For leaders, it is easy to fall into the trap of doing work below your pay grade because you feel you don’t have time to teach anyone else to do it. It’s time to get real– you know you aren’t supposed to do the work yourself. Sure, it may seem easier in the short term just to do it, but it’s important to consider the consequences, both positive and negative.

So what are the positives? The task gets done quickly, and it gets done right. You have achieved quality control, and you can back to your actual work sooner than if you delegated the task and took the time to teach an employee how to do it.

The negatives? Next time this task comes up, you’re stuck again. No one in your company has learned the task, and there is no future for the company. You will then have to do it yourself once more, or finally make the time to teach, empower, and delegate.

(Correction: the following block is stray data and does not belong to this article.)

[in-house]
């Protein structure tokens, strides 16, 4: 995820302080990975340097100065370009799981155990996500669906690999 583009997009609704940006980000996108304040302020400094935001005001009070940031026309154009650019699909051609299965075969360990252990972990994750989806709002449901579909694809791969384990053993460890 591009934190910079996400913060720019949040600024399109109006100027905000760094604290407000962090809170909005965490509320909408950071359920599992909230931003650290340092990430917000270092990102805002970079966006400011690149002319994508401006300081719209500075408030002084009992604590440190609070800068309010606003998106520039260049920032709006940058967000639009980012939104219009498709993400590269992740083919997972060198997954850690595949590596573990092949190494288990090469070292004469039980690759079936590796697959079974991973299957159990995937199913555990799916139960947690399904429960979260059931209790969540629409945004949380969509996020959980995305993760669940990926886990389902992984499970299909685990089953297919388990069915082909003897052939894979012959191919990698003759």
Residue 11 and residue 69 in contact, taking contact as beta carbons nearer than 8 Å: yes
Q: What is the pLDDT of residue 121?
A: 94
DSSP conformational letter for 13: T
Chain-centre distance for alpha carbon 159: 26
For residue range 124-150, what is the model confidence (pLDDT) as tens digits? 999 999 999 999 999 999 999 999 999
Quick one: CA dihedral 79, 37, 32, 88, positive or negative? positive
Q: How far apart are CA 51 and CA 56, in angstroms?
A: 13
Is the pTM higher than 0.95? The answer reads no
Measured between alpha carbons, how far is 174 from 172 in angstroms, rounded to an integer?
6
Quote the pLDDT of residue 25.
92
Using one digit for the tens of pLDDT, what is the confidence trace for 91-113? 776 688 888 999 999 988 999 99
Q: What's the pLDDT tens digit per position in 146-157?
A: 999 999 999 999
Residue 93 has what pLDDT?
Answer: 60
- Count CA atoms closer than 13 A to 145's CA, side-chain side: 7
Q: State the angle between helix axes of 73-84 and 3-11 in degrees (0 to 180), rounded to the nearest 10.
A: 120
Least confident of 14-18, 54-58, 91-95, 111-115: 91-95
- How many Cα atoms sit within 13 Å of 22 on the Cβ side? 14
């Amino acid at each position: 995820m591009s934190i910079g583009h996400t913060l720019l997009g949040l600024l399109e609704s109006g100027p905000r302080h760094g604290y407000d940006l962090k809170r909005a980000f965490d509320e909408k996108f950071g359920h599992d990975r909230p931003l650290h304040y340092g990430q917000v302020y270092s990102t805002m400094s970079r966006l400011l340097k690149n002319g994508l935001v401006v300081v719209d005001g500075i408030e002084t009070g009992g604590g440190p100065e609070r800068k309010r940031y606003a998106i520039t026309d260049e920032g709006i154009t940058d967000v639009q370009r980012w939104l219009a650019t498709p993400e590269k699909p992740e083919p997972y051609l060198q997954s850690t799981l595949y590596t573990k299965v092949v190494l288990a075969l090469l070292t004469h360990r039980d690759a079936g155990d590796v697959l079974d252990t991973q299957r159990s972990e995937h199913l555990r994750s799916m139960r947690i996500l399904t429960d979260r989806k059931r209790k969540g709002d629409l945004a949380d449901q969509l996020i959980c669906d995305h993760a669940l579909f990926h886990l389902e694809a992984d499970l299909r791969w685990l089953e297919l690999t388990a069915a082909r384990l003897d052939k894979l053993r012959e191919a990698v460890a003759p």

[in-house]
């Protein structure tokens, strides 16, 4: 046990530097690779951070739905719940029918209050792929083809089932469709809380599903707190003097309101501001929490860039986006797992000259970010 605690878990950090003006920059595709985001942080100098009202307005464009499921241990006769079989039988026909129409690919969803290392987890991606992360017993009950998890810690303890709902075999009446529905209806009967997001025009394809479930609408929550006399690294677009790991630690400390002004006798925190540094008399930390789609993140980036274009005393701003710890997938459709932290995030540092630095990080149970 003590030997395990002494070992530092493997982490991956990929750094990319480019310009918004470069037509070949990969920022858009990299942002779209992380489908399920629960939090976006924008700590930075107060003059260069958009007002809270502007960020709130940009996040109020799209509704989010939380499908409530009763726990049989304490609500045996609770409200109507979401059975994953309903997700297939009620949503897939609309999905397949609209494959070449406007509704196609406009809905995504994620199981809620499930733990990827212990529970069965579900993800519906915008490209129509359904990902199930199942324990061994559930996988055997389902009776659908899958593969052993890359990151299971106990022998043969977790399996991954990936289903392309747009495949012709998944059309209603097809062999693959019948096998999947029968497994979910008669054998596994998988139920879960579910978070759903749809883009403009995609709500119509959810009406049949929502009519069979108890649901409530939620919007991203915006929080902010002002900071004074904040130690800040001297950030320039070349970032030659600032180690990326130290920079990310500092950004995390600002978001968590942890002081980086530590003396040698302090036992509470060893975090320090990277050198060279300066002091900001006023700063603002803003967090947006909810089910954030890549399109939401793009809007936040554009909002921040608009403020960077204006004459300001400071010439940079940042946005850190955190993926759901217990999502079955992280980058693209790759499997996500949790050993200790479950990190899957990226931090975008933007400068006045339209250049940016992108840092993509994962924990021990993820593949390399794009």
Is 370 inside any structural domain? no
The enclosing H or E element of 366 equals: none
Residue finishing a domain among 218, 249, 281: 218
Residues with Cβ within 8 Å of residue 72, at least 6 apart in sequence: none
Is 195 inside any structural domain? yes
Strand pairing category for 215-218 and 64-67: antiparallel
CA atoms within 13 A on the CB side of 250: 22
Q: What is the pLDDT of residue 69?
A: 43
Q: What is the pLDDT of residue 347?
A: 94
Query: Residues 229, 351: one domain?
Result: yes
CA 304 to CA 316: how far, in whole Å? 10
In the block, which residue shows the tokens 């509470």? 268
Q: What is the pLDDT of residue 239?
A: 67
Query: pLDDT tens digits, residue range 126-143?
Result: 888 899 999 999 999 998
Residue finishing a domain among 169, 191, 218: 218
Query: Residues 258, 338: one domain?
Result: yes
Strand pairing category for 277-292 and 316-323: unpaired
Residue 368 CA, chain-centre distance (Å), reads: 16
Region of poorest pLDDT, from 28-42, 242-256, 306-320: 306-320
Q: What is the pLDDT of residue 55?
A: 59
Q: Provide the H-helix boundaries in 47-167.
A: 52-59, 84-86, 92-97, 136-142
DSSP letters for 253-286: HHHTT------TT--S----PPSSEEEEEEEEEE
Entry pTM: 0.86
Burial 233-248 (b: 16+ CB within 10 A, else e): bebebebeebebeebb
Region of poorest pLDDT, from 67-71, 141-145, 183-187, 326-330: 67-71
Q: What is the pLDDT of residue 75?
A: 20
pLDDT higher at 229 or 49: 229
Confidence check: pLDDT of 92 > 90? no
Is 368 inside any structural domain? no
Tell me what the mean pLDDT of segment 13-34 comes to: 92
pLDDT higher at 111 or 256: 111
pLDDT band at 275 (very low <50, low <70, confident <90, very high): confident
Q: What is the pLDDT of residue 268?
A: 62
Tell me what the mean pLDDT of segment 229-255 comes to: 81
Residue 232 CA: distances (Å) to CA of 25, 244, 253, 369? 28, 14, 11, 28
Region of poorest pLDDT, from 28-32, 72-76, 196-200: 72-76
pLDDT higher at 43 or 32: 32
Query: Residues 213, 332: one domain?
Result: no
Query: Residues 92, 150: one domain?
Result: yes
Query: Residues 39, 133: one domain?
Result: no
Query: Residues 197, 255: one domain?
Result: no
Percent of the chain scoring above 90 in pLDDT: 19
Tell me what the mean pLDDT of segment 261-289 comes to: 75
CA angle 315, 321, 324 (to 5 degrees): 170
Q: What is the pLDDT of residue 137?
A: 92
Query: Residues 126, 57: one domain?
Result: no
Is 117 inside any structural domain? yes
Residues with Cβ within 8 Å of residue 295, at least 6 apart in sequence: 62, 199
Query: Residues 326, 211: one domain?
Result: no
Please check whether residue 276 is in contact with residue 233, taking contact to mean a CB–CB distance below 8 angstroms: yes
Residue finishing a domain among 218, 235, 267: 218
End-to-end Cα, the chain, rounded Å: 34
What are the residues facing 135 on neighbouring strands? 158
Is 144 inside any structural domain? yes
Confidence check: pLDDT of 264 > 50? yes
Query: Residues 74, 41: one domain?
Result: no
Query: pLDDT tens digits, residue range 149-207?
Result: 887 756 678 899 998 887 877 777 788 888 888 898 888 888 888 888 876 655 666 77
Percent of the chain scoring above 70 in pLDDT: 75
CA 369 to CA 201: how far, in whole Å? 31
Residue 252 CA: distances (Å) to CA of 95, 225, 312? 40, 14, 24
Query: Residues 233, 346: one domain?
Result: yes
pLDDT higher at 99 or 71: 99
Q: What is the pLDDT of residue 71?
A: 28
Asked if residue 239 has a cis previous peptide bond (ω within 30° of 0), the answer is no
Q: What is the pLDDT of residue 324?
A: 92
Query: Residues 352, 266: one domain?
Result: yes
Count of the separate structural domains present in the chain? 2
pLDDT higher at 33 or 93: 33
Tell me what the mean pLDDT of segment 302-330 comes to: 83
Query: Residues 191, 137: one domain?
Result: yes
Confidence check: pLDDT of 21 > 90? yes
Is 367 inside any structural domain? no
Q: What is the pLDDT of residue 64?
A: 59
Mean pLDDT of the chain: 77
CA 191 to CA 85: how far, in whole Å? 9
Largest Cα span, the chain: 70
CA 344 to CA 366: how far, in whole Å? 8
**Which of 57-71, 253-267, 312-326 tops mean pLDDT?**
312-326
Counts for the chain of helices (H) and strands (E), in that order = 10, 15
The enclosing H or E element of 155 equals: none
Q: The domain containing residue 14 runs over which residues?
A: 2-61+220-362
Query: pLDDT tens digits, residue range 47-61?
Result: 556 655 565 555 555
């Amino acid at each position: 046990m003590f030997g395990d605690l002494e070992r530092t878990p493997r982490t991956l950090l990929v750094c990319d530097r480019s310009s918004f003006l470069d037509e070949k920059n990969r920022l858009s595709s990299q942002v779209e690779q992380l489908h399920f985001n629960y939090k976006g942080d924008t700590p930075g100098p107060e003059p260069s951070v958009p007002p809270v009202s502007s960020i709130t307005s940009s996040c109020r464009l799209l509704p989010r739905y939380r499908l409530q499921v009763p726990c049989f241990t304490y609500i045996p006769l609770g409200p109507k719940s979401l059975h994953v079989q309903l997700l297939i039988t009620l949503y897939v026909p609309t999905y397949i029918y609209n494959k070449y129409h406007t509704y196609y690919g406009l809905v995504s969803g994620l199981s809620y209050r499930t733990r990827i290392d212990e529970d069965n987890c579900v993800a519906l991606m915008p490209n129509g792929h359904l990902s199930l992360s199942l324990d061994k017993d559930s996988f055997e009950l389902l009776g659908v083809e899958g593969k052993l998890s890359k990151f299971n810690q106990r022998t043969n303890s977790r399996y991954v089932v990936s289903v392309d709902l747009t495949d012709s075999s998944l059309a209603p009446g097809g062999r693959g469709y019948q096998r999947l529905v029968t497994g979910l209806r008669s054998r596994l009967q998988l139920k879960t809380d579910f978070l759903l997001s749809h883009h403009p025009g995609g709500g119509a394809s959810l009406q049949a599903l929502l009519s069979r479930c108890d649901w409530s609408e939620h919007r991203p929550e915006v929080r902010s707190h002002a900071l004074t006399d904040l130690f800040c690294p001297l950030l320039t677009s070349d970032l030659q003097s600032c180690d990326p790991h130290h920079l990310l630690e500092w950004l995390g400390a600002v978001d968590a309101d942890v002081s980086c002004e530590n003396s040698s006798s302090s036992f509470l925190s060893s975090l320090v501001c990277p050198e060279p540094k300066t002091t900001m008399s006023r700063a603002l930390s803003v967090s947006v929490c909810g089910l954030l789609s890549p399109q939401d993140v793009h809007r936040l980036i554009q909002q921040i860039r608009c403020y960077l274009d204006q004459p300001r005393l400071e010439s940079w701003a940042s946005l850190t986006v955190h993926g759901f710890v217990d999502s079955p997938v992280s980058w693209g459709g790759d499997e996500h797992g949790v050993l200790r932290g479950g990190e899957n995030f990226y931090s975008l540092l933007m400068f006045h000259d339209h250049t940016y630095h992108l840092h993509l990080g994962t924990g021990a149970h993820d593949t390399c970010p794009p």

When it comes to the task in question, take a minute to ask yourself: could someone else do it, or is it inherent to only you? Few things are that way, for example, only you can sign your own signature.

If the answer is yes, someone else can do the task, then what do they need to do it? Sometimes the answer is simply that you need to get out of their way, and allow them the opportunity to fail. Other times, they may need more training. Taking the time to teach and empower employees is an important but not urgent task.

If the answer is no, no one else can do the task, perhaps look into reorganizing your team. If you are truly the only one who can do the job below you, you should look to where the structure of your employees is faltering, and why the gap in ability exists.

Empowering your employees, and understanding the importance of giving up control on lesser tasks is crucial for the success and progress of your company. By taking the time to invest in mentoring your employees, you are investing in the future of you company, and benefiting your future self’s schedule.